The mainland-based Association for
Relations Across the Taiwan Straits (ARATS) President Chen Yunlin (R,
Front) and the Taiwan-based Straits Exchange Foundation (SEF) Chairman
Chiang Pin-kung (L, Front) sign agreements at a signing ceremony in
Nanjing, east China's Jiangsu Province, on April 26, 2009. The Chinese
mainland and Taiwan signed here on Sunday afternoon agreements on
launching regular flights across the Taiwan Straits, enhancing financial
cooperation, and jointly cracking down on crimes and offering mutual
judicial assistance.(Xinhua/Sun Can) Photo
NANJING, April 26 (Xinhua) -- The Chinese mainland and Taiwan signed on Sunday three agreements on opening regular flights, boosting cooperation in finance and cracking down on crime, foretelling the realization of decades-long aspiration of comprehensive, direct and two-way links between the two sides.
Chen Yunlin, president of the mainland-based Association for Relations Across the Taiwan Straits (ARATS), and Chiang Pin-kung, chairman of the Taiwan-based Straits Exchange Foundation (SEF), signed the agreements in Nanjing, capital of the east Jiangsu Province.
The three agreements are: "the agreement on cross-Strait air traffic supply", "the agreement on cross-Strait financial cooperation" and "the agreement on cross-Strait mutual assistance in cracking down on crimes".
REGULAR FLIGHTS, MORE TERMINALS
Under the fresh agreements, the two sides will launch regular passenger and cargo flights across the Taiwan Strait, which indicates the normalization of cross-Strait air transport service.
Before, direct cross-Strait flight services were only provided on weekends and during four major traditional festivals.
In addition to the current 21 terminals, the mainland will open another six, including Hefei, Harbin, Nanchang, Guiyang, Ningbo and Jinan for direct passenger flights. Taiwan has eight terminals, two for regular flights and six for chartered flights.
The number of flights will increase to 270 every week from the current 108, according to the agreement.
Aviation industries on the two sides hailed the agreement as "great news" to airline companies as drastic oil price fluctuations and the international financial crisis devour their profits.
"Airline companies don't have to apply for flights every month any more, which is not only easier for aircraft dispatch, but also more convenient for passengers to plan their trips," said Lou Yongfeng, director of the Office of Taiwan, Hong Kong and Macao Affairs of Air China, one of the mainland's major carriers.
FINANCIAL CO-OP WITHOUT POLITICAL LIMITS
Under the agreement on financial cooperation, the two sides agreed to facilitate financial institutions to set up branches on each other's side.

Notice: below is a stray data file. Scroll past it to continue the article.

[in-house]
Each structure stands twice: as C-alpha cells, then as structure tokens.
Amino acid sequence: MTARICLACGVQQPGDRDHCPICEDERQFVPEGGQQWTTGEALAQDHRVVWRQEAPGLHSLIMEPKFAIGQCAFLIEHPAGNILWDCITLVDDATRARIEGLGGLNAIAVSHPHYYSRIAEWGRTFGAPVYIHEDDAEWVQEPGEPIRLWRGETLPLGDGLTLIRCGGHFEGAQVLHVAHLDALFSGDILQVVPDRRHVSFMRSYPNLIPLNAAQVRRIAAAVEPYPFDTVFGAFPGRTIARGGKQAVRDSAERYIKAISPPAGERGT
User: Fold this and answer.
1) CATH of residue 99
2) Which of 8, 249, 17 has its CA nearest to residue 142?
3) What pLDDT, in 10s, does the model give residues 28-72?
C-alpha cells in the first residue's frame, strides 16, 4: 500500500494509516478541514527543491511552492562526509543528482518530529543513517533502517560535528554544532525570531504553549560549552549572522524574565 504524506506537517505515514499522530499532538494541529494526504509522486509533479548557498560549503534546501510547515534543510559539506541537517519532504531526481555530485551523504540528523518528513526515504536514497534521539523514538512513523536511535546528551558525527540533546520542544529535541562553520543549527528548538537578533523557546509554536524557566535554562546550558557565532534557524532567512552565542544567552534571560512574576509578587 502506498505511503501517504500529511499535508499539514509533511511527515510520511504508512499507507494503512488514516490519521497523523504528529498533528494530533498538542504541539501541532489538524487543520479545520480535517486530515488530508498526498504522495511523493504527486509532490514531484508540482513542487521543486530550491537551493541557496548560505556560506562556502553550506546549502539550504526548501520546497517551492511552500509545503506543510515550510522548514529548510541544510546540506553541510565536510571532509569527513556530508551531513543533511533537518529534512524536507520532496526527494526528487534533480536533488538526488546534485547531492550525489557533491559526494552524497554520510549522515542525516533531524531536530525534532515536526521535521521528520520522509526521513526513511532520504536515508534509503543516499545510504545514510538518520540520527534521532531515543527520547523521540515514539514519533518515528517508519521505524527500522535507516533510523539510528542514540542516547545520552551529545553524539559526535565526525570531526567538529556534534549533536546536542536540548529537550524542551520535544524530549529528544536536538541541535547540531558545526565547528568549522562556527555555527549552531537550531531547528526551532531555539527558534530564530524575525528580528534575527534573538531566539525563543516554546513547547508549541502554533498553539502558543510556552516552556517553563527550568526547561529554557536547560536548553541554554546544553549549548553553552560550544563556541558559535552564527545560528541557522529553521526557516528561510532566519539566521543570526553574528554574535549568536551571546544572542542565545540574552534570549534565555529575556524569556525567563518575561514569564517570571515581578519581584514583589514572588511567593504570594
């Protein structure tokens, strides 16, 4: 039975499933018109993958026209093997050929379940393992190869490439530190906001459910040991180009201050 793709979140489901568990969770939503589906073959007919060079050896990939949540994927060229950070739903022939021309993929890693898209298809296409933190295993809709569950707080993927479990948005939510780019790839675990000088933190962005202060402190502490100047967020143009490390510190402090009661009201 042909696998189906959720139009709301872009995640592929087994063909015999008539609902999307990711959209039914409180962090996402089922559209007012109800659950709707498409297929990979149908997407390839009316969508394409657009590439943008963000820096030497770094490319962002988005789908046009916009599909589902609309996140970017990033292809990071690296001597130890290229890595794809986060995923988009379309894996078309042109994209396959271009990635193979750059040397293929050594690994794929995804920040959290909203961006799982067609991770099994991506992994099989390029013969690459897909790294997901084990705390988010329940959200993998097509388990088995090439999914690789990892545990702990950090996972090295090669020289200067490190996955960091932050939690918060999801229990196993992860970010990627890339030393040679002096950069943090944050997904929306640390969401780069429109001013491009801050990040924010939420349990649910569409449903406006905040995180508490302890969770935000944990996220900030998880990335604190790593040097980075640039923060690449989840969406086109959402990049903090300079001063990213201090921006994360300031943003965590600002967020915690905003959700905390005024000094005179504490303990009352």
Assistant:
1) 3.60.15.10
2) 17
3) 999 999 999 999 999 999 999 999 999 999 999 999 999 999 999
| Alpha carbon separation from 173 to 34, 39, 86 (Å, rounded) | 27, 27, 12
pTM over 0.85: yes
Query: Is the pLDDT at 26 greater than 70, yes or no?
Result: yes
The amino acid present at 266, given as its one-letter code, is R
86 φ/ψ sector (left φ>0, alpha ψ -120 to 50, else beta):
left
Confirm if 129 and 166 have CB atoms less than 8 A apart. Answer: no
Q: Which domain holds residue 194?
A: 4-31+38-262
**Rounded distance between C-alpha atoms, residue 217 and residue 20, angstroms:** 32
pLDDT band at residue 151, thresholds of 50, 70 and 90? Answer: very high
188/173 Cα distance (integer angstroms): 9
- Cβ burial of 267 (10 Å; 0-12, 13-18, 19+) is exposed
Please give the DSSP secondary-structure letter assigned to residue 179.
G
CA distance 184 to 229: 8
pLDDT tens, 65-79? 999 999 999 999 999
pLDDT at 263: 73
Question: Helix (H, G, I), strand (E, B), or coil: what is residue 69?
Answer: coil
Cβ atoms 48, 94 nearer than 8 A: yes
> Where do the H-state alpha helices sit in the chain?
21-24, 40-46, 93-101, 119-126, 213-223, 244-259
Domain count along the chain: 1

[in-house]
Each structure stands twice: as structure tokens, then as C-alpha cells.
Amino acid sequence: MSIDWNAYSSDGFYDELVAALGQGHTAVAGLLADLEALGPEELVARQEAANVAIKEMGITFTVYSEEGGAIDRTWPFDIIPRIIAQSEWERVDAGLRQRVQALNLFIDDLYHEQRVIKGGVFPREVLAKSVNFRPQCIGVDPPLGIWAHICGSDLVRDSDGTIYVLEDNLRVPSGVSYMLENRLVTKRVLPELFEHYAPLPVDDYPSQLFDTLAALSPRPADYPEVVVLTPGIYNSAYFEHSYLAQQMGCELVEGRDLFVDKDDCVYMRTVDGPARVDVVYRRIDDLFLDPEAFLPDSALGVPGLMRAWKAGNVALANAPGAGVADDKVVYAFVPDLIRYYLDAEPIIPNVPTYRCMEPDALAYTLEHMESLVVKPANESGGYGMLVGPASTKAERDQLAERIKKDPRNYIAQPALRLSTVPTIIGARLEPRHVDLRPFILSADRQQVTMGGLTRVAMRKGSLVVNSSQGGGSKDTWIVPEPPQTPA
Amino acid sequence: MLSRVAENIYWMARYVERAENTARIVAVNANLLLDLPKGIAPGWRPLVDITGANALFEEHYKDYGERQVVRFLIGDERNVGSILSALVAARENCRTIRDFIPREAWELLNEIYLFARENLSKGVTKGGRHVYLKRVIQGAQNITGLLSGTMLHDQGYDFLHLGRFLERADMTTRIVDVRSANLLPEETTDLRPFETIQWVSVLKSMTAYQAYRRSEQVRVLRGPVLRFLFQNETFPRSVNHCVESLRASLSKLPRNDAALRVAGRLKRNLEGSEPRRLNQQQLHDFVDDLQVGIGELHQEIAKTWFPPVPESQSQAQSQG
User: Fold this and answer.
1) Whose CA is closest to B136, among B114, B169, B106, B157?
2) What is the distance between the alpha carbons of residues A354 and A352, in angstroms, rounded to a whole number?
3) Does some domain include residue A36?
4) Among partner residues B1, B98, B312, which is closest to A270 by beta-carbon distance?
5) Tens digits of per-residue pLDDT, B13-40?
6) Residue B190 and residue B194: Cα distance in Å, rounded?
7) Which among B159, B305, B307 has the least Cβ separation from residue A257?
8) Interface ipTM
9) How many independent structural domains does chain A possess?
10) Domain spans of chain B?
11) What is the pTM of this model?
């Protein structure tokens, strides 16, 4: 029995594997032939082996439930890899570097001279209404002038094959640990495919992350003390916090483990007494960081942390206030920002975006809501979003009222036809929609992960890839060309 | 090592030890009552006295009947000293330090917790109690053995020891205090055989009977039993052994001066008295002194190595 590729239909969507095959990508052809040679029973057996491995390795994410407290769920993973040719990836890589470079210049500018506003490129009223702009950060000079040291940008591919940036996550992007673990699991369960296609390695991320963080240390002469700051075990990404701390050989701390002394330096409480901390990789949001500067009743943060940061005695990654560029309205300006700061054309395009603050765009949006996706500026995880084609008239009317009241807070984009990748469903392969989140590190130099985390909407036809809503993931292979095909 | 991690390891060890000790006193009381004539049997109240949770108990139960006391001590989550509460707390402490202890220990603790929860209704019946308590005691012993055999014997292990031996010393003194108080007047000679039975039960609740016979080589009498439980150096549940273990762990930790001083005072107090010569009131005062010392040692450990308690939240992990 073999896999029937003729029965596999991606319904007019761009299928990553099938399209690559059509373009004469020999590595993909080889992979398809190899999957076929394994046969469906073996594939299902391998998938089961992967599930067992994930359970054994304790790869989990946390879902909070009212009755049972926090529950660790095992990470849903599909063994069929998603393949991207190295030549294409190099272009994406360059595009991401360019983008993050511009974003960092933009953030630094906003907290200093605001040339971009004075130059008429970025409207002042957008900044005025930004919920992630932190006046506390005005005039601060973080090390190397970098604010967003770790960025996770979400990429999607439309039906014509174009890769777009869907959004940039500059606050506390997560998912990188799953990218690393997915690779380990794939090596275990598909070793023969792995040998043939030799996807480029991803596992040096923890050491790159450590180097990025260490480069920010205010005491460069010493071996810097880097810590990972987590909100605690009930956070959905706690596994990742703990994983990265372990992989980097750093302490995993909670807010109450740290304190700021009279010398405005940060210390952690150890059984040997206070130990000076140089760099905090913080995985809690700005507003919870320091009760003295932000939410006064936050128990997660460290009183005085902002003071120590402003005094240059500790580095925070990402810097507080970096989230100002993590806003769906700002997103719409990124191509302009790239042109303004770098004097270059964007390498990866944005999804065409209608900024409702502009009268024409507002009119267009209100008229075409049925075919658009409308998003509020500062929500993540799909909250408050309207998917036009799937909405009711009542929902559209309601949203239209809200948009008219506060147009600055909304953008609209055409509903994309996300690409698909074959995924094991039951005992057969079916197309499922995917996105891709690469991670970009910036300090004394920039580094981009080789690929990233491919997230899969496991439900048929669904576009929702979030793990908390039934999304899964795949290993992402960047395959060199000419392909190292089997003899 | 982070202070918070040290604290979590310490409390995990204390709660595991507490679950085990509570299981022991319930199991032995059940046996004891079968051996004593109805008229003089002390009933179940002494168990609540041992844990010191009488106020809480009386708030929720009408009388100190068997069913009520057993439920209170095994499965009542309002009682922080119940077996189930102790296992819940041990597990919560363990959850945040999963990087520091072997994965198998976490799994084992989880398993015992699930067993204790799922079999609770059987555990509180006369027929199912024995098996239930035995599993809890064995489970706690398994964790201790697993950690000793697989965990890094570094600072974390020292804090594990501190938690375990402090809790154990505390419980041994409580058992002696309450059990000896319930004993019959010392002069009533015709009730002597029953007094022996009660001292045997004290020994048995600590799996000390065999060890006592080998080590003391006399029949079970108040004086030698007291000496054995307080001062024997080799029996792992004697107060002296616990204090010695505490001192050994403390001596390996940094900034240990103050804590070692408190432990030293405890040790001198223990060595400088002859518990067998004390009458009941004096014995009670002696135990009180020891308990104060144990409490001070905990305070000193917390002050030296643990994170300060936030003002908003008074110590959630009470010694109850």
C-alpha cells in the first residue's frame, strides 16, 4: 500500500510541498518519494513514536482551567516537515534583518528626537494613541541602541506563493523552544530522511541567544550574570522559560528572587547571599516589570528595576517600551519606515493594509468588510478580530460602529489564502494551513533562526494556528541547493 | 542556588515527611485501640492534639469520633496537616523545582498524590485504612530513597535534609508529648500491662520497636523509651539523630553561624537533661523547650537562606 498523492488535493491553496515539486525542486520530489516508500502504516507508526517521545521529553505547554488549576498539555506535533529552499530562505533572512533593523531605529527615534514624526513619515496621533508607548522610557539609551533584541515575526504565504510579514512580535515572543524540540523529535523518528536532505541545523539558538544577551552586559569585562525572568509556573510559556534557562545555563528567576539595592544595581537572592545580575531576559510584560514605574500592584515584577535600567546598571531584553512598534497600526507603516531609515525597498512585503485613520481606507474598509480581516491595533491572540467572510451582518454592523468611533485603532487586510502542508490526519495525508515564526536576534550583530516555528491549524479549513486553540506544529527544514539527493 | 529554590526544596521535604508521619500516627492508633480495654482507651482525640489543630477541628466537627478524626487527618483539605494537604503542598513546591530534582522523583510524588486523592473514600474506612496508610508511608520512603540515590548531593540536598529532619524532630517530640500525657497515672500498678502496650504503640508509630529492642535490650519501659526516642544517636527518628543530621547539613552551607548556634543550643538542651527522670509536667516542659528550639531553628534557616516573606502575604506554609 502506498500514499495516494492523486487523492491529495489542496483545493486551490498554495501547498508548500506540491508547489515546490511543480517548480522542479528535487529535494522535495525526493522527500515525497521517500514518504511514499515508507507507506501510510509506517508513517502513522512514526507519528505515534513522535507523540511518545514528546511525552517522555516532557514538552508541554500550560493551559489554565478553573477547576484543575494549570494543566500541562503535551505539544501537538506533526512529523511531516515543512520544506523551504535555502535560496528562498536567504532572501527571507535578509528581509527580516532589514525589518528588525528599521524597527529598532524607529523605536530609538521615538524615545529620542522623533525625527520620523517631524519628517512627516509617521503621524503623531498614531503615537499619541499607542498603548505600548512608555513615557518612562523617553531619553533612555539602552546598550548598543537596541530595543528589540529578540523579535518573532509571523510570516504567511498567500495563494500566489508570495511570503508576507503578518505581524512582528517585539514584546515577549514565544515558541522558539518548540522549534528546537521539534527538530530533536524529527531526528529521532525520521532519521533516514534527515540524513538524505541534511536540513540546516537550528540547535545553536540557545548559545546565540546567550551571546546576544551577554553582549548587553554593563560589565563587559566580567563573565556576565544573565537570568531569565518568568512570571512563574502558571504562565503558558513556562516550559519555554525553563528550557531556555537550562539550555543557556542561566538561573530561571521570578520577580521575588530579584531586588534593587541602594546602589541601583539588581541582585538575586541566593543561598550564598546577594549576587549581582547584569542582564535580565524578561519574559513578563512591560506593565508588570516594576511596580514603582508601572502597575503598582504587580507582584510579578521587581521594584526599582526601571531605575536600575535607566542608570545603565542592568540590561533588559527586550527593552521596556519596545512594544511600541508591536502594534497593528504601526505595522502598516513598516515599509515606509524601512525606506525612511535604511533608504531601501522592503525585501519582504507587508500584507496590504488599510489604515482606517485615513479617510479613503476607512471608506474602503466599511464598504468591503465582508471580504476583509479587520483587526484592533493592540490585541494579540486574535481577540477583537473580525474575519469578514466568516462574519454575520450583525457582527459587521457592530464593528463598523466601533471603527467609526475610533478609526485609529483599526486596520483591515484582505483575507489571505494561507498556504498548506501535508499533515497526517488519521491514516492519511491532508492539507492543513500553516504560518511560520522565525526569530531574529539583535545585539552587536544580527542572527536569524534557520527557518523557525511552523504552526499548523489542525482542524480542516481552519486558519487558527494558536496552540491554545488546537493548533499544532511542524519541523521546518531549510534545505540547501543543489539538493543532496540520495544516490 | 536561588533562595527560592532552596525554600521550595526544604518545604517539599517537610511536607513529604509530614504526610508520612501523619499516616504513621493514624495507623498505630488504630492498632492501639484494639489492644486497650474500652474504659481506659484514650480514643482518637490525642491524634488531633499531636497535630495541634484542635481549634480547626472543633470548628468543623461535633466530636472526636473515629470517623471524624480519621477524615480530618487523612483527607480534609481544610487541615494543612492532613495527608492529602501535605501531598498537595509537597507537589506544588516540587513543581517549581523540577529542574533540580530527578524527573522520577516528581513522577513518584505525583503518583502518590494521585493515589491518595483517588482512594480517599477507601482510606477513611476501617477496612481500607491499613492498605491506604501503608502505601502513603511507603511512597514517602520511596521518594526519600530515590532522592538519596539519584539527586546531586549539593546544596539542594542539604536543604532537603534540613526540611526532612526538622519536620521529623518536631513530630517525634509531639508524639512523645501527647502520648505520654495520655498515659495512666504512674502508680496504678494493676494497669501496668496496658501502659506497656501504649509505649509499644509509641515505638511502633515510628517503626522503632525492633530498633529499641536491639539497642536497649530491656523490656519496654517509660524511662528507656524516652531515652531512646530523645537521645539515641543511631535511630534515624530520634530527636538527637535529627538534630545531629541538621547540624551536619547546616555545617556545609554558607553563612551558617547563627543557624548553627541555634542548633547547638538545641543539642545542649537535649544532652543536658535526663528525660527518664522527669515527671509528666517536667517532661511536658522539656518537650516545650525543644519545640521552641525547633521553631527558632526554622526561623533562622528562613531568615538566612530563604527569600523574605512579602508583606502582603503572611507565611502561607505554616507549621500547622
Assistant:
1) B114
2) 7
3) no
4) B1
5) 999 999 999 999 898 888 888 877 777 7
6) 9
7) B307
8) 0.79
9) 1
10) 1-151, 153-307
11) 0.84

The mainland and Taiwan will continue to discuss issues concerning market access of financial institutions on the either side, the agreement stated.
The two negotiating parties also agreed to offer aid on implementing financial and monetary regulatory responsibilities, expanding wide cooperation in financial areas and jointly safeguarding financial stability.
Experts said the agreement was not only a measure to cope with the financial crisis, it was also an inevitable result of the fast developing relations between the mainland and Taiwan.
Taiwan's direct investment in the mainland had totaled some 48 billion U.S. dollars since the 1980s when the two sides officially started economic cooperation.
"For so many years, financial institutions in Taiwan haven't had the opportunities to enter the mainland market. Now the time has come. They should not miss them again," said Zhao Xijun, a professor from the China Renmin University.
The two sides assured each other to effectively supervise individual financial and monetary institutions.
The agreement asked regulatory bodies on banking, securities and futures, and insurance in both the Chinese mainland and Taiwan to prepare for detailed arrangements for the agreed-upon cooperation.
The two sides also agreed to encourage commercial banks from both sides to start business on money swaps, as well as cooperation on cash anti-counterfeiting technology.
Zhao said cooperation in the capital market would bring new energy to Taiwan's stock market, which plunged more than 50 percent in the later half of 2008.
However, Wang Jianmin, Taiwan affairs researcher from the Chinese Academy of Social Sciences, told Xinhua Sunday that he worried that some conventional political ideas might interfere with the effects of the agreement. "Unnecessary obstacles and limitations should be avoided," said Wang.
JUDICIAL CO-OP TO FIGHT CRIMES